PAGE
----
No, not really; facts are what make up opinions, and we make up opinions based on facts.  The veracity of our opinions and the strength of our convictions are completely reliant on factual bases.  Without a fact of oppression, you cannot cry out “oppression.”  And if you do, people will question your sincerity.  Hell, they can’t be blamed if they insult your intelligence and your motives along the way.

It does not take a journalist to take the effort to see another side of the story, to conduct the research necessary to formulate an intelligent opinion especially if these opinions will influence a good number of people.  The facts should be there, not because “readers are idiots,” but because your opinions – and theirs too – will have to come from somewhere.  This is why accuracy is held in such high regard: the moment you write something down and commit it to the relative permanence of the written word, you can’t take it back.  As such, it behooves you and me and everyone else in this planet to act with justice.

What makes justice very different from vengeance is that while the latter is a consequence of an injustice, justice is an expectation demanded of every human being in society, most especially for those who have opinions and make them known. Which applies for just about every person in the planet; that the basic precepts of the law are not ideals, but are expectations and demands we have of being somewhere and living somewhere.

Nobody, most especially myself, will deny anyone to an opinion.  Everyone is entitled to one, and everyone should make one.  However, the line is drawn when that opinion seeks to dishonor, to harm, and to screw.  The precepts of just and fair conduct in a harmonious society are more than just impositions of a smartass named Justinian; for all intents and purposes, it is self-preservation in written form.  When you dishonor someone, you will be dishonored.  When you harm someone, you will be harmed back.  When you screw somebody over, you will be screwed.  If you won’t or can’t understand that in terms of the noble, you have to understand that in terms of the profane.  If you don’t understand that in terms of justice, you can understand that in terms of self-preservation.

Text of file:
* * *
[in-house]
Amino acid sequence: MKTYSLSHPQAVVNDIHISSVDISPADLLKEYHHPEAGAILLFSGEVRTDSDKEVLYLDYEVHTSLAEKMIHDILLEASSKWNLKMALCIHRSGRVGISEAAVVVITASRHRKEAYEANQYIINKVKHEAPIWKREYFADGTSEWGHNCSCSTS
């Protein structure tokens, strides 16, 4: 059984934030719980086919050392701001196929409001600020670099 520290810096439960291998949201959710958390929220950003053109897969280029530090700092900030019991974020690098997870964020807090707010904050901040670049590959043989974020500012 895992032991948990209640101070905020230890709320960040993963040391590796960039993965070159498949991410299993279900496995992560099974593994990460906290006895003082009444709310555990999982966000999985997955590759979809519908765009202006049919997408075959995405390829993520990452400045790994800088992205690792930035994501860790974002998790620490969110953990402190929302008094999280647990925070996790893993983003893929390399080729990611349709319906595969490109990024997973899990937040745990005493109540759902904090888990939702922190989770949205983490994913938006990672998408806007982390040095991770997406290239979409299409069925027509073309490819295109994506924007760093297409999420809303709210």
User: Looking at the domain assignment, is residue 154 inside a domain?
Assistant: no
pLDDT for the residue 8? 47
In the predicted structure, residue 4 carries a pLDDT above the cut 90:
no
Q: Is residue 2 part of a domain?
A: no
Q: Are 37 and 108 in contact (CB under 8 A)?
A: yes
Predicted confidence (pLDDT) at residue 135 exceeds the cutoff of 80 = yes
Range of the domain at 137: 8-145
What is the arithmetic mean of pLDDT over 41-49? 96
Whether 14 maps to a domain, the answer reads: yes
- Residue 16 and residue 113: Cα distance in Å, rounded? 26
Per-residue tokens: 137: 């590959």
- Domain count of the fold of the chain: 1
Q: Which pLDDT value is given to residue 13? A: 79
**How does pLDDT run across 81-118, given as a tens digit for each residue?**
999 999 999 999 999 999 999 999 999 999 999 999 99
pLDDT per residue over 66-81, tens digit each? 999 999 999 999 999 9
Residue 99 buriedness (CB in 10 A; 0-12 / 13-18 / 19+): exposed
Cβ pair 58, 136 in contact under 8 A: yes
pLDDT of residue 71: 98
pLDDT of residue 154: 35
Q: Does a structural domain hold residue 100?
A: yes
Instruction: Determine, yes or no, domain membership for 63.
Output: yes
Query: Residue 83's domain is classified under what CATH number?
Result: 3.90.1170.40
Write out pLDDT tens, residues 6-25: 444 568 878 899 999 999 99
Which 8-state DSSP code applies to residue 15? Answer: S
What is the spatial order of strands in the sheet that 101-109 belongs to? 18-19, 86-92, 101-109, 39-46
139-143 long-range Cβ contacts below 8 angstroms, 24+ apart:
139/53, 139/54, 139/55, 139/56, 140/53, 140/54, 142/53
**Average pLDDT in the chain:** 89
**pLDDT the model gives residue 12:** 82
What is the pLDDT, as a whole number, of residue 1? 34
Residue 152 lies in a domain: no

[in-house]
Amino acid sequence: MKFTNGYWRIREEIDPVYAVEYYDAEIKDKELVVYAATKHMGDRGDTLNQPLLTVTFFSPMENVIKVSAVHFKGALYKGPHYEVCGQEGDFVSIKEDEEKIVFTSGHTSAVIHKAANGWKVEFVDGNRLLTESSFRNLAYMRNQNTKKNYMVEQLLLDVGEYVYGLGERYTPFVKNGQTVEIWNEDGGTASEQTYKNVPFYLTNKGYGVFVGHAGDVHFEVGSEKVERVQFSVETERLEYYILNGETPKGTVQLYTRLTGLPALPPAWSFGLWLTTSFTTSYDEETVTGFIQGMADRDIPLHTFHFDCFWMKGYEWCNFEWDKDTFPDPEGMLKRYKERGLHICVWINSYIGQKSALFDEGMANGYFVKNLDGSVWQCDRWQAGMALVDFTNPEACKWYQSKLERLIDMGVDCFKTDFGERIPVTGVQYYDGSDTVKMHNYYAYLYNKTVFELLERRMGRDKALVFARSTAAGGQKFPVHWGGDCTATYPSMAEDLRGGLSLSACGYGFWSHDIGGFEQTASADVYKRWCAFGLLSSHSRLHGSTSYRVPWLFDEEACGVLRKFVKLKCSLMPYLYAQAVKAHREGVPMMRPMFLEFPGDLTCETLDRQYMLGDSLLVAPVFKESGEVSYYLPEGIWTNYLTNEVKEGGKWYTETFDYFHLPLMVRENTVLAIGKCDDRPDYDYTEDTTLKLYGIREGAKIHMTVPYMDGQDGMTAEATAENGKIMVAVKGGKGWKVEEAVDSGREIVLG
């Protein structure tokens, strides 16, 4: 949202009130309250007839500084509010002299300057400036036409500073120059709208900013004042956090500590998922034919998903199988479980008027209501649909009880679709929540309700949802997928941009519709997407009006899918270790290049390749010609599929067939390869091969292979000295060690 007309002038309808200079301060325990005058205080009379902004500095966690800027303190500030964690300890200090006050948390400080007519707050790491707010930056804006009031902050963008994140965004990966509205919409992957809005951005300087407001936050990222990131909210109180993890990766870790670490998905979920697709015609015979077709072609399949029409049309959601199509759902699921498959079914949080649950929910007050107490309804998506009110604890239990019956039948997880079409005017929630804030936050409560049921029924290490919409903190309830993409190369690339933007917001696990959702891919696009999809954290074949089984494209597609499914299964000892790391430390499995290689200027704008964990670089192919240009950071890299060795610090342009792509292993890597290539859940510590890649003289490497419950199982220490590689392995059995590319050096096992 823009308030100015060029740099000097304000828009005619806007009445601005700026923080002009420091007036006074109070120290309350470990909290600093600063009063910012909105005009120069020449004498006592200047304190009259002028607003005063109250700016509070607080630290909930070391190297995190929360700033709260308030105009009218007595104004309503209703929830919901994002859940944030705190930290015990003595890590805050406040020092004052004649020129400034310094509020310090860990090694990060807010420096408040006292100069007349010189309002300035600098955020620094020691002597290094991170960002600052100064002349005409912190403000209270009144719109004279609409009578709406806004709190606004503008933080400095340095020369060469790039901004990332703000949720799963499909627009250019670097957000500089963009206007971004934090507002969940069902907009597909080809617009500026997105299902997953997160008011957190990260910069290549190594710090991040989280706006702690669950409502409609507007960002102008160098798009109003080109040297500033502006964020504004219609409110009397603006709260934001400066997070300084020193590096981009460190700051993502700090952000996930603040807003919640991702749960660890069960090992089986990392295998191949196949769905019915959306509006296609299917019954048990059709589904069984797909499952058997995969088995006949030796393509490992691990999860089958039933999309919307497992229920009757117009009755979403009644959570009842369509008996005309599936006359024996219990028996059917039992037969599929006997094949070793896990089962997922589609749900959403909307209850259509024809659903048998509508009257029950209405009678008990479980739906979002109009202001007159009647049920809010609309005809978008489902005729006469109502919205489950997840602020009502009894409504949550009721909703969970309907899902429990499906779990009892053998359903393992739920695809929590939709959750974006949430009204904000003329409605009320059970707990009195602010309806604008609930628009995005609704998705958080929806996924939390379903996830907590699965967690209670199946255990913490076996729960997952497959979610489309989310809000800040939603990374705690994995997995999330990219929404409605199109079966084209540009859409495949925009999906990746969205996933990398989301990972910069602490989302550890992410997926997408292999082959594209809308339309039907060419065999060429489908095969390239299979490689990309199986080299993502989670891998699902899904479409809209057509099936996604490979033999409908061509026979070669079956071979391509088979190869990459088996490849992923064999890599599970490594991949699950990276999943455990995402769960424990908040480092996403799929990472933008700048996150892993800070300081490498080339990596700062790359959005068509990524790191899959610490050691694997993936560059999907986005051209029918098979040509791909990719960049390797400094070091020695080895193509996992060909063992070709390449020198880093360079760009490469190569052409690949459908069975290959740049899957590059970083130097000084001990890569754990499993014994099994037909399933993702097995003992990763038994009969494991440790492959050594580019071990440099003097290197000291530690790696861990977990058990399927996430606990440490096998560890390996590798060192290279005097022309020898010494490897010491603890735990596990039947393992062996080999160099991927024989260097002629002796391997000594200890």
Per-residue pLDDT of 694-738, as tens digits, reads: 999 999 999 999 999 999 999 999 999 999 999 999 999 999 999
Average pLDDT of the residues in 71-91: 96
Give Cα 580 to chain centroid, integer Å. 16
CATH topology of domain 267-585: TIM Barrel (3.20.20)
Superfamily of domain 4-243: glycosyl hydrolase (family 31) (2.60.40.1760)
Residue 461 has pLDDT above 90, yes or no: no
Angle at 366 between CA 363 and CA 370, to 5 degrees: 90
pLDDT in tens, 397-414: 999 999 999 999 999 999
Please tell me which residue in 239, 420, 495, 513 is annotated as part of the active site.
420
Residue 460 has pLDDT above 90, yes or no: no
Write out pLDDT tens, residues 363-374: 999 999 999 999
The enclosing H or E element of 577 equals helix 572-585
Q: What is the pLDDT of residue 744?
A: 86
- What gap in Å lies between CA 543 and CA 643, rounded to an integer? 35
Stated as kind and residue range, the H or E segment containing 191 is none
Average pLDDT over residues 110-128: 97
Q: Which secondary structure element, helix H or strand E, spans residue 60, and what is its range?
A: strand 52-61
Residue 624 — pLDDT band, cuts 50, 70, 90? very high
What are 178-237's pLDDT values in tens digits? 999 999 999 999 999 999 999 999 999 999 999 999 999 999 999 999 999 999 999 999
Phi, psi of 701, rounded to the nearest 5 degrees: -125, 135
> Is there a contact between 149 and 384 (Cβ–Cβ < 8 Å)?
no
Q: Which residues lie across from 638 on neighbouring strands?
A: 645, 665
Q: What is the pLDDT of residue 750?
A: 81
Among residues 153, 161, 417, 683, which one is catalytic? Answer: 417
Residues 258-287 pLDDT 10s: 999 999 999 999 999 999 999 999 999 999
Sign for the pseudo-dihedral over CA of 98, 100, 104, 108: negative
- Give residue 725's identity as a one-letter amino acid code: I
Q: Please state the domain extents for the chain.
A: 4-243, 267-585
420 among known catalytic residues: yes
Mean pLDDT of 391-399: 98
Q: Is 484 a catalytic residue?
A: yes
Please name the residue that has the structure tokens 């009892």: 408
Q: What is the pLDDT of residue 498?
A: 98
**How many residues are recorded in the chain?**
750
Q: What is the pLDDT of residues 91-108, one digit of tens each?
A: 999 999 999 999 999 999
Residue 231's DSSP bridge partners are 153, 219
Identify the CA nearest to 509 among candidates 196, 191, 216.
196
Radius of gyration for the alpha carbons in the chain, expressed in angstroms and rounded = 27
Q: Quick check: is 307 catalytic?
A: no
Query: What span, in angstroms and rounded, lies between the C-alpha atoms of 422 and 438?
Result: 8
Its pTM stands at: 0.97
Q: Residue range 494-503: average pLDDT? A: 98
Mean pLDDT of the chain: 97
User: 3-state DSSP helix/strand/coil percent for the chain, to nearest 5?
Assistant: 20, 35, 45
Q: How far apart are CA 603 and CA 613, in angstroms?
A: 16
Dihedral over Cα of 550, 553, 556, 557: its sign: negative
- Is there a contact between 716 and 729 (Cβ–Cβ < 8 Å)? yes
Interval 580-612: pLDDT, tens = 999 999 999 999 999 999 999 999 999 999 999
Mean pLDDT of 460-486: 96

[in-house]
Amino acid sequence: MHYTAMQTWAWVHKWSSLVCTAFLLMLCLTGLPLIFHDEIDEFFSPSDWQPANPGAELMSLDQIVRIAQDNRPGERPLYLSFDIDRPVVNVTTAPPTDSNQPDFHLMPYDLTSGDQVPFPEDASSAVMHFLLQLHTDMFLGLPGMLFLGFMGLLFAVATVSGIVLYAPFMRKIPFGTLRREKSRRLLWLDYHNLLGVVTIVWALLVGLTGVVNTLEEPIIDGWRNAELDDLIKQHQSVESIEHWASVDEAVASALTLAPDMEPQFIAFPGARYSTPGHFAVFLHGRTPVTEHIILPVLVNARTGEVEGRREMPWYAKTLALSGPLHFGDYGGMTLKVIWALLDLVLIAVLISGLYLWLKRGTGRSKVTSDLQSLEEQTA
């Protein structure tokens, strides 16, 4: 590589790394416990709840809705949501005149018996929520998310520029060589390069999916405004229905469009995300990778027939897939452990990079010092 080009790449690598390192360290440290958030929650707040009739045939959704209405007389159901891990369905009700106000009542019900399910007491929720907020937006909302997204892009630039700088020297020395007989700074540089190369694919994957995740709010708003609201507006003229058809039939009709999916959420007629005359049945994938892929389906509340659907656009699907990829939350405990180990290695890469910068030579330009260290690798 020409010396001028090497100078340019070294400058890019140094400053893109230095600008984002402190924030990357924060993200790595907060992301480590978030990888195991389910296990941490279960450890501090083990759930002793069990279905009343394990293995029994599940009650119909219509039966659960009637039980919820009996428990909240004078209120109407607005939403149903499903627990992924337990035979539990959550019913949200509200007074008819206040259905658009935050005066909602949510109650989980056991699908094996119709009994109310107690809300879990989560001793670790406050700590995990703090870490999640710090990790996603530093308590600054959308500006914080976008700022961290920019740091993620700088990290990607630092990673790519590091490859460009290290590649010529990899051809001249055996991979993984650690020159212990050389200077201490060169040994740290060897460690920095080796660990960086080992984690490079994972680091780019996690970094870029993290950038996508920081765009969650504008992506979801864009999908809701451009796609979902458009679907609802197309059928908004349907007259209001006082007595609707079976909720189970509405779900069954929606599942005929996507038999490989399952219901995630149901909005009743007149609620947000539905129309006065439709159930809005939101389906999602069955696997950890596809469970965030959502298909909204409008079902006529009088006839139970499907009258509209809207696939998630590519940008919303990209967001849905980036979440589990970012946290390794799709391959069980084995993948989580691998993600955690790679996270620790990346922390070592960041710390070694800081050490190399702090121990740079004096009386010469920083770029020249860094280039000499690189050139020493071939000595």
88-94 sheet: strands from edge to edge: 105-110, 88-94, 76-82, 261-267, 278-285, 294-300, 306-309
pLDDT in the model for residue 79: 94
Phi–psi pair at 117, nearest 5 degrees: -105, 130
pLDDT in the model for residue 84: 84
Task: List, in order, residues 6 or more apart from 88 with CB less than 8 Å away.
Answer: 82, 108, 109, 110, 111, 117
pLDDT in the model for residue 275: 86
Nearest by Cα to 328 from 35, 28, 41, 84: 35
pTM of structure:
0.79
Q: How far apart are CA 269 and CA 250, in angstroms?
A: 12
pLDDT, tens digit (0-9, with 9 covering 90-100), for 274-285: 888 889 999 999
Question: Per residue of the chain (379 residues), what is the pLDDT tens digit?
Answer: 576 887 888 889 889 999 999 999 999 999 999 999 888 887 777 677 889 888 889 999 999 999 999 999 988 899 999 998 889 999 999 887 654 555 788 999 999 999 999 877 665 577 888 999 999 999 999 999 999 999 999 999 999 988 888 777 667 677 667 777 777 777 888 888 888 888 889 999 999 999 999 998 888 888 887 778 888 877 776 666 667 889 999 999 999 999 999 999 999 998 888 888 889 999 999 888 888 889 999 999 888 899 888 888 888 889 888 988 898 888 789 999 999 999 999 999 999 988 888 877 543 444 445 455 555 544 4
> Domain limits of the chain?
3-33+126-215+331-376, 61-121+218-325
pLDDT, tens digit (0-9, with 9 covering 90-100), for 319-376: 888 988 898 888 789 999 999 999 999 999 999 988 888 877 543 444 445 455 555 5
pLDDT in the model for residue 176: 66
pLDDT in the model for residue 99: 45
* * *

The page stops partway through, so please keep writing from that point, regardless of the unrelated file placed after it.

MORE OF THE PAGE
The damn shame of writing this entry is the knowledge that I would probably eat – or I probably already have eaten – every word I ever wrote.  Yet let this be a curt and fair warning that justice – like honor, peace, and fairness –  is more than just a word: it is a perspective.  The everyday challenge, whether you blog or write or simply live, is to turn that precept into a perspective: one that will shape your understanding of the world not just in relative gray areas, but with a clear understanding of where’s black and where’s white.

2 comments on “Precept”

  1. this, marck, ought to be republished over and over…

  2. Reply

    Found your post while looking for Justinian’s 3 basic precepts. Interesting reading and good writing…could you make the font a bit bolder though? It looks like a medium grey on black and is difficult to comfortably read. That’s my story and I’m sticking to it!